Absorption, Accumulation, and Elimination of Pesticides by Aquatic Organisms

  • Fumio Matsumura
Part of the Environmental Science Research book series (ESRH, volume 10)


Absorption, accumulation and elimination of pesticidal compounds were studied by using equilibrium type model ecosystems. Various factors such as the amount of pesticides, size of ecosystem, temperature, physical chemical characteristics of the pesticides, etc. were studied in relation to the rate of pesticide pick up by test organisms. The design of the model is important inasmuch as it greatly influences the outcome of pesticide accumulation studies. The pattern of bioaccumulation of pesticides is compound specific, and it appears to be possible to select certain chemicals as “benchmarks” (e.g. DDT) to arrive at relative figures for potencies for bioaccumulation. In the case of complex model ecosystems involving several biological materials, the levels of pesticides in each organism are determined by “competition” among groups of biomass for available pesticides, in addition to the “foodchain” accumulation. The rate of desorption (elimination) of pesticides appears to be species-specific. The final level of pesticides in any given species is determined by these two opposing processes: i.e. absorption and elimination reactions.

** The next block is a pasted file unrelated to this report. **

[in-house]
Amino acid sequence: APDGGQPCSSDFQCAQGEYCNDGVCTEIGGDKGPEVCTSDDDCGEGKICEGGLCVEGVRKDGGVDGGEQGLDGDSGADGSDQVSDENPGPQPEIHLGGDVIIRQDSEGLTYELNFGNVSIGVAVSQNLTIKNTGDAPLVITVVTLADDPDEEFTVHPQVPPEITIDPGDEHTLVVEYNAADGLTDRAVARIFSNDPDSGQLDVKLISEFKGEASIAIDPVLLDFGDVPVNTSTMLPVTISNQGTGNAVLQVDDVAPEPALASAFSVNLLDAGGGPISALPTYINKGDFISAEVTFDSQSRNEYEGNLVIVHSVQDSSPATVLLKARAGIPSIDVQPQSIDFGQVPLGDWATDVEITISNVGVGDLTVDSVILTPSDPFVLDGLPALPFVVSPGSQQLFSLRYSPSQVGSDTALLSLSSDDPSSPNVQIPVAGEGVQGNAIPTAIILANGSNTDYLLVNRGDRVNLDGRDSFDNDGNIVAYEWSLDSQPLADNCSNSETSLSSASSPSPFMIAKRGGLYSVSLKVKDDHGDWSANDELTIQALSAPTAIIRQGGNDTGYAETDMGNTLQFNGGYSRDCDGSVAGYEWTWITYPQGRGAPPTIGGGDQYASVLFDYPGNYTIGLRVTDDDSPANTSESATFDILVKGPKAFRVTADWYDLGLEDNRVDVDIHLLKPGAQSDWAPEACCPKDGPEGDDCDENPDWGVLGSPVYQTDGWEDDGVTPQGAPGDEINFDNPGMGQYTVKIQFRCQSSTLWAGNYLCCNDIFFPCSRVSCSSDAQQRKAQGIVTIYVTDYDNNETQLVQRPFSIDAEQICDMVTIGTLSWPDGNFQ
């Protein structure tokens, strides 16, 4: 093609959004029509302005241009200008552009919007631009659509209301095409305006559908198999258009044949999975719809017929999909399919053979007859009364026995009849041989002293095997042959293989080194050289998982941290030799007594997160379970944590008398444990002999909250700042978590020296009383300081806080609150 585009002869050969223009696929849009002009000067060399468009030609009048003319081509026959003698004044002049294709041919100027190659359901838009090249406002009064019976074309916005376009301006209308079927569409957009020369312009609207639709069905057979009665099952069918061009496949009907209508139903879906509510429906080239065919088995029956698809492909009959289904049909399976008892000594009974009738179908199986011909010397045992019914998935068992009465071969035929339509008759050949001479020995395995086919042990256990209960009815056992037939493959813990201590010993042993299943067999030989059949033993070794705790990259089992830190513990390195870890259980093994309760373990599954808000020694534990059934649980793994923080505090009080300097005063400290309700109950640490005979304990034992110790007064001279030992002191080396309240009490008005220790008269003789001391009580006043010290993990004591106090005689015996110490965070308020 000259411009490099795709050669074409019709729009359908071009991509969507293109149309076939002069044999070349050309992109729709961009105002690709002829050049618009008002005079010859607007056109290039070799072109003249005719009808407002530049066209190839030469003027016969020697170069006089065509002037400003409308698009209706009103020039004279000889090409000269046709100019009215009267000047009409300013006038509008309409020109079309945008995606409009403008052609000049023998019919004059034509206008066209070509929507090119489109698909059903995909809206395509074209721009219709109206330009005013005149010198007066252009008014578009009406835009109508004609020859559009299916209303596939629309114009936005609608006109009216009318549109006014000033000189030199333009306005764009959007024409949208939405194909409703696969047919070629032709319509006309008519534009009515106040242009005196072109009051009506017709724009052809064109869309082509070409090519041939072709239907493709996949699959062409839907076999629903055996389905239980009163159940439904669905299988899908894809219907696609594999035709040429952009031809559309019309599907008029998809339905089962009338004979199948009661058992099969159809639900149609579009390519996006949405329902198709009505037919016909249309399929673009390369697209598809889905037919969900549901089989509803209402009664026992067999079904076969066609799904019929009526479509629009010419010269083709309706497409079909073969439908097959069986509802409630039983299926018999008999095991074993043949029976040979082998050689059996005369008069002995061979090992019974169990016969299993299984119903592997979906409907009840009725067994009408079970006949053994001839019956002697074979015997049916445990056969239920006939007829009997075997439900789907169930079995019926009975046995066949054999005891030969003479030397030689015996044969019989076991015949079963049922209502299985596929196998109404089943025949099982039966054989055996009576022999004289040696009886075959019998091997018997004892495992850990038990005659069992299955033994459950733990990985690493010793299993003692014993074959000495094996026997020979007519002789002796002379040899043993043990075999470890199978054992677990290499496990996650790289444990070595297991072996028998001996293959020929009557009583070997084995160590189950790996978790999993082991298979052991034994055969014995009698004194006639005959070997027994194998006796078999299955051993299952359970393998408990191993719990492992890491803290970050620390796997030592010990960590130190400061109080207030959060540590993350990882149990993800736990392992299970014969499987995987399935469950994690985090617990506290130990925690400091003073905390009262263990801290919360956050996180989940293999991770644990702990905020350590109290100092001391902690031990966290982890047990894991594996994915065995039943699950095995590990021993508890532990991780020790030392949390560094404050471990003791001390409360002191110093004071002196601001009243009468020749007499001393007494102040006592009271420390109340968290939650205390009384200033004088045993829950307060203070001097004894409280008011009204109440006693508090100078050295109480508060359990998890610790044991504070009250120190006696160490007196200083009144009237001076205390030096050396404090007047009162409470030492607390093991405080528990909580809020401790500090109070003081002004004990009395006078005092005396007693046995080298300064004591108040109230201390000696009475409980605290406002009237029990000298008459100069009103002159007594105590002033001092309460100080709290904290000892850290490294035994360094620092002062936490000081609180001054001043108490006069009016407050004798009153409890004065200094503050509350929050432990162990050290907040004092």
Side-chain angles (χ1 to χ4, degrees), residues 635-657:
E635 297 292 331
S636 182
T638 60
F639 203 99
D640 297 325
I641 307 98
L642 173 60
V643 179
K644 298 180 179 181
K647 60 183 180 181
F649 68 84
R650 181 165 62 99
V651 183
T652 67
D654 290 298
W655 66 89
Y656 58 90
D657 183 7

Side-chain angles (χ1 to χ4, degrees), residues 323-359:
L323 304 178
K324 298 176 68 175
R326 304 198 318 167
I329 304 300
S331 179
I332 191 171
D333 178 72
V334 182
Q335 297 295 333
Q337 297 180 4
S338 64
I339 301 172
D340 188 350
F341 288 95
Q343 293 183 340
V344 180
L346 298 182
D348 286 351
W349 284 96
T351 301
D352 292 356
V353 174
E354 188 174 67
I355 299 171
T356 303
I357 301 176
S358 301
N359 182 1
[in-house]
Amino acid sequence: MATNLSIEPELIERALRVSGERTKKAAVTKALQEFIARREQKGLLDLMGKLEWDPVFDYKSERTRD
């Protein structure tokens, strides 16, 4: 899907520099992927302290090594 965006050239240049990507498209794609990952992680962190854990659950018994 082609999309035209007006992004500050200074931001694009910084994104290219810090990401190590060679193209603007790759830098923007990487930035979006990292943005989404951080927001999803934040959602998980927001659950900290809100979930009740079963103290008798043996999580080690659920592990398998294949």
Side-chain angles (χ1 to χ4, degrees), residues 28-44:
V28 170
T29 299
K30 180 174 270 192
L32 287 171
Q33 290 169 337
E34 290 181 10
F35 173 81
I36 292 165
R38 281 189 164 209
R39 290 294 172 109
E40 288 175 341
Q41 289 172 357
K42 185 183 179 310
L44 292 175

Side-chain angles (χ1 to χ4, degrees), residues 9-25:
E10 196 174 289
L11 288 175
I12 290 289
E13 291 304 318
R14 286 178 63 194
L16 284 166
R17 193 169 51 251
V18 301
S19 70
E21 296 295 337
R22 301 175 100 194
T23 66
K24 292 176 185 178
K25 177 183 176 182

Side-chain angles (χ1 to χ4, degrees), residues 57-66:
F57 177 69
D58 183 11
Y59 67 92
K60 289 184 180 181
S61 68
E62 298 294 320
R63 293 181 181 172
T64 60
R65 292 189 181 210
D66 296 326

Lake Sediment Aquatic Organism Test Organism Model Ecosystem Brine Shrimp 
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© Plenum Press, New York 1977

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  • Fumio Matsumura

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